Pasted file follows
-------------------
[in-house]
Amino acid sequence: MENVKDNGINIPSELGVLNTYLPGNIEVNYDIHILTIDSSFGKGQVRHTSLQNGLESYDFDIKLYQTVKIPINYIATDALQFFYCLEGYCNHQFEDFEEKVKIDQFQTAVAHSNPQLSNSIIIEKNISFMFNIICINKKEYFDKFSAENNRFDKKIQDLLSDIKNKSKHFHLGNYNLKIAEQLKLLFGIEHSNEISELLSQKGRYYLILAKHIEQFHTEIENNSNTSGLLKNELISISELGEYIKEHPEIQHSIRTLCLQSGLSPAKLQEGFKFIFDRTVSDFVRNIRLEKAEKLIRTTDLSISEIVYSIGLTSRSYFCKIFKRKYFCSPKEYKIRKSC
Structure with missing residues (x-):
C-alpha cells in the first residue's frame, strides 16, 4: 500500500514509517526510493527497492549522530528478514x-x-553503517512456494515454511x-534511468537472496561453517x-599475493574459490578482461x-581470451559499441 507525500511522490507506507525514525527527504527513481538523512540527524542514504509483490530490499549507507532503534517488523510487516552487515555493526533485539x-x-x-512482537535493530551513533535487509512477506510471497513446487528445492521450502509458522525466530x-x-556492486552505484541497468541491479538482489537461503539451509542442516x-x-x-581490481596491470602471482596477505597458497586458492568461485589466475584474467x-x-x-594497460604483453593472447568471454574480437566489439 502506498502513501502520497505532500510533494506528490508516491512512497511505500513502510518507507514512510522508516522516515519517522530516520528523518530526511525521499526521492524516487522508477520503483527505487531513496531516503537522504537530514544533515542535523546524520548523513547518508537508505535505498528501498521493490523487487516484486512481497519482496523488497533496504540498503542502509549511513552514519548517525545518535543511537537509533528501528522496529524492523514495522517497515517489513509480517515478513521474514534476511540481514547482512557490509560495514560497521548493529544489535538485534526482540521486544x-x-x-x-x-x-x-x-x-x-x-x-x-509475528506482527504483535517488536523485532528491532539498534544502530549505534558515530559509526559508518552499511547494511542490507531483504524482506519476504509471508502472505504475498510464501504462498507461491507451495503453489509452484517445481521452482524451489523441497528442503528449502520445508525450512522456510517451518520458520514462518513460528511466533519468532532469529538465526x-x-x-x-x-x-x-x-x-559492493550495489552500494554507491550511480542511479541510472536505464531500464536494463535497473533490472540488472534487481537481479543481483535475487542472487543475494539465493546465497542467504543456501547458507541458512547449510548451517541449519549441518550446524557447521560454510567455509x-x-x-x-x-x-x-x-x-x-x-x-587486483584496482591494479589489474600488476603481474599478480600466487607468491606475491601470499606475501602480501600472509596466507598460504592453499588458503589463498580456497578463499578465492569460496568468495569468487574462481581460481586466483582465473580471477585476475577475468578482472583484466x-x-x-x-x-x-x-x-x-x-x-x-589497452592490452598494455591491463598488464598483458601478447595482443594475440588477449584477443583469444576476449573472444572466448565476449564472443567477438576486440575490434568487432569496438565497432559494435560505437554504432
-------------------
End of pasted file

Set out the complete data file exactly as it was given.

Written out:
[in-house]
Amino acid sequence: MENVKDNGINIPSELGVLNTYLPGNIEVNYDIHILTIDSSFGKGQVRHTSLQNGLESYDFDIKLYQTVKIPINYIATDALQFFYCLEGYCNHQFEDFEEKVKIDQFQTAVAHSNPQLSNSIIIEKNISFMFNIICINKKEYFDKFSAENNRFDKKIQDLLSDIKNKSKHFHLGNYNLKIAEQLKLLFGIEHSNEISELLSQKGRYYLILAKHIEQFHTEIENNSNTSGLLKNELISISELGEYIKEHPEIQHSIRTLCLQSGLSPAKLQEGFKFIFDRTVSDFVRNIRLEKAEKLIRTTDLSISEIVYSIGLTSRSYFCKIFKRKYFCSPKEYKIRKSC
Structure with missing residues (x-):
C-alpha cells in the first residue's frame, strides 16, 4: 500500500514509517526510493527497492549522530528478514x-x-553503517512456494515454511x-534511468537472496561453517x-599475493574459490578482461x-581470451559499441 507525500511522490507506507525514525527527504527513481538523512540527524542514504509483490530490499549507507532503534517488523510487516552487515555493526533485539x-x-x-512482537535493530551513533535487509512477506510471497513446487528445492521450502509458522525466530x-x-556492486552505484541497468541491479538482489537461503539451509542442516x-x-x-581490481596491470602471482596477505597458497586458492568461485589466475584474467x-x-x-594497460604483453593472447568471454574480437566489439 502506498502513501502520497505532500510533494506528490508516491512512497511505500513502510518507507514512510522508516522516515519517522530516520528523518530526511525521499526521492524516487522508477520503483527505487531513496531516503537522504537530514544533515542535523546524520548523513547518508537508505535505498528501498521493490523487487516484486512481497519482496523488497533496504540498503542502509549511513552514519548517525545518535543511537537509533528501528522496529524492523514495522517497515517489513509480517515478513521474514534476511540481514547482512557490509560495514560497521548493529544489535538485534526482540521486544x-x-x-x-x-x-x-x-x-x-x-x-x-509475528506482527504483535517488536523485532528491532539498534544502530549505534558515530559509526559508518552499511547494511542490507531483504524482506519476504509471508502472505504475498510464501504462498507461491507451495503453489509452484517445481521452482524451489523441497528442503528449502520445508525450512522456510517451518520458520514462518513460528511466533519468532532469529538465526x-x-x-x-x-x-x-x-x-559492493550495489552500494554507491550511480542511479541510472536505464531500464536494463535497473533490472540488472534487481537481479543481483535475487542472487543475494539465493546465497542467504543456501547458507541458512547449510548451517541449519549441518550446524557447521560454510567455509x-x-x-x-x-x-x-x-x-x-x-x-587486483584496482591494479589489474600488476603481474599478480600466487607468491606475491601470499606475501602480501600472509596466507598460504592453499588458503589463498580456497578463499578465492569460496568468495569468487574462481581460481586466483582465473580471477585476475577475468578482472583484466x-x-x-x-x-x-x-x-x-x-x-x-589497452592490452598494455591491463598488464598483458601478447595482443594475440588477449584477443583469444576476449573472444572466448565476449564472443567477438576486440575490434568487432569496438565497432559494435560505437554504432